Authors: Maria Chuy, Monica Resendes, & Marlene Scardamalia
The proposed research is a small study that will form part of a larger program broadly addressing new ways that education can strengthen a society’s capacity to produce new knowledge. The focus of the research is on elementary school students’ emergent ways of contributing to knowledge-building discourse. Based on the procedures of “Grounded Theory” (Glaser & Strauss, 1967), we develop an empirically grounded list of ways of contributing to a dialogue in science and examine how these ways frame a knowledge-building classroom. Six major contribution types represent the center of our analyses: asking thought-provoking questions, theorizing, experimenting, working with evidence, creating syntheses and analogies and, finally, supporting discussion. More precisely, we examine which ways of contributing are the most popular in a knowledge-building classroom, which ways students seldom or never use and that may accordingly be the objects of subsequent instructional intervention, what is the role of a teacher in developing distinctive contribution types in students and, finally, how various contributions support each other in a dialogue. Several recommendations are suggested for enhancing effective knowledge-building discourse.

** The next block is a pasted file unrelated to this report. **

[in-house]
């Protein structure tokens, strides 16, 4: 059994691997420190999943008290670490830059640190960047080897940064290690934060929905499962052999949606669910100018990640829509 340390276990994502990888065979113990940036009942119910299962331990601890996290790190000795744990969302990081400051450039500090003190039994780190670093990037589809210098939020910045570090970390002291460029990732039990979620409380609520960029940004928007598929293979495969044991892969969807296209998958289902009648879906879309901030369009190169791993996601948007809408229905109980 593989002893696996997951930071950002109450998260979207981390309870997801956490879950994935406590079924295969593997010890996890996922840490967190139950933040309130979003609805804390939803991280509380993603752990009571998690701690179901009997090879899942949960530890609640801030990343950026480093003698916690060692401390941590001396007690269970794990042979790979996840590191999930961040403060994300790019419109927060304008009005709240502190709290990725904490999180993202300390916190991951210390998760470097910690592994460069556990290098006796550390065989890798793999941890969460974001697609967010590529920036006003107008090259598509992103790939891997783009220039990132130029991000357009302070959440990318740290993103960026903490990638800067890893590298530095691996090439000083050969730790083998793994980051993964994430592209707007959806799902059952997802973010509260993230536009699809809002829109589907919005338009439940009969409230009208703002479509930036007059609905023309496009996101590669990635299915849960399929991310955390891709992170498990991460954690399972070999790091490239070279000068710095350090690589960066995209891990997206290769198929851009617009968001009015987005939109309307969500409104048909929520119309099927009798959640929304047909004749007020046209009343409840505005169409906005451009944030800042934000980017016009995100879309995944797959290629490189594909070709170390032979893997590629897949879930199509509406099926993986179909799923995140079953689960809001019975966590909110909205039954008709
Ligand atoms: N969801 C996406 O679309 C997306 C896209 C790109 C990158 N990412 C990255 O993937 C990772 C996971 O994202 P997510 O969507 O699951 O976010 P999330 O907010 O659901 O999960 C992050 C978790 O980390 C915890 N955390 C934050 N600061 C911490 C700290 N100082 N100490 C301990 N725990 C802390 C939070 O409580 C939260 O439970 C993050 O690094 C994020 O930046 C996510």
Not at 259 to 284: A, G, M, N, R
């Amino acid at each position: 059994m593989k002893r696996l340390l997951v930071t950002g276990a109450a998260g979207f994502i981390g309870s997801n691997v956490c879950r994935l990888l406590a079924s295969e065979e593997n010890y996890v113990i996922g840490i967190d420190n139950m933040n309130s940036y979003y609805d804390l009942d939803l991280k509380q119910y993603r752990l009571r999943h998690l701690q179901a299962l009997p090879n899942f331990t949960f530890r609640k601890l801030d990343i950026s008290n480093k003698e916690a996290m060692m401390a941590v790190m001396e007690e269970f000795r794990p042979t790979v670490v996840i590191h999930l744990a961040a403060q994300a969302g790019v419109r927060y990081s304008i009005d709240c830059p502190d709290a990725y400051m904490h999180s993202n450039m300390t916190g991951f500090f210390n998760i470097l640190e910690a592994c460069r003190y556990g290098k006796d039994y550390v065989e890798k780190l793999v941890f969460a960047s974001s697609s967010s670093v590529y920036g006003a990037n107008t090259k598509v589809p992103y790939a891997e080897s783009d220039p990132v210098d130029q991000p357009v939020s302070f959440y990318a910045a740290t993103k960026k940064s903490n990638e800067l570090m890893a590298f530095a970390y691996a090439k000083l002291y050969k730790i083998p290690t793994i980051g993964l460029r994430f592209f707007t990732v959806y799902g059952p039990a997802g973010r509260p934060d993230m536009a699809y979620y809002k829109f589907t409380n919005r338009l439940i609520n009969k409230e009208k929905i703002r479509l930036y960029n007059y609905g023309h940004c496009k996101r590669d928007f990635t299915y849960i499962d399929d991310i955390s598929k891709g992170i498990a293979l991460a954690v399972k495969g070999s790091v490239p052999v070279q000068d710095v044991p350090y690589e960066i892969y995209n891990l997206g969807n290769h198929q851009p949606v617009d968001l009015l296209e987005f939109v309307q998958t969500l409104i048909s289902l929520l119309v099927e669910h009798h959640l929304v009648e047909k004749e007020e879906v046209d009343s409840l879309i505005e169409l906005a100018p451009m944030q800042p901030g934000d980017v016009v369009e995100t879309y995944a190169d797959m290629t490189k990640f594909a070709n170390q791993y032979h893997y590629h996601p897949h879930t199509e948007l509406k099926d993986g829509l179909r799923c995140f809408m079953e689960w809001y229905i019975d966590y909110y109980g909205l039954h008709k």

Link to draft paper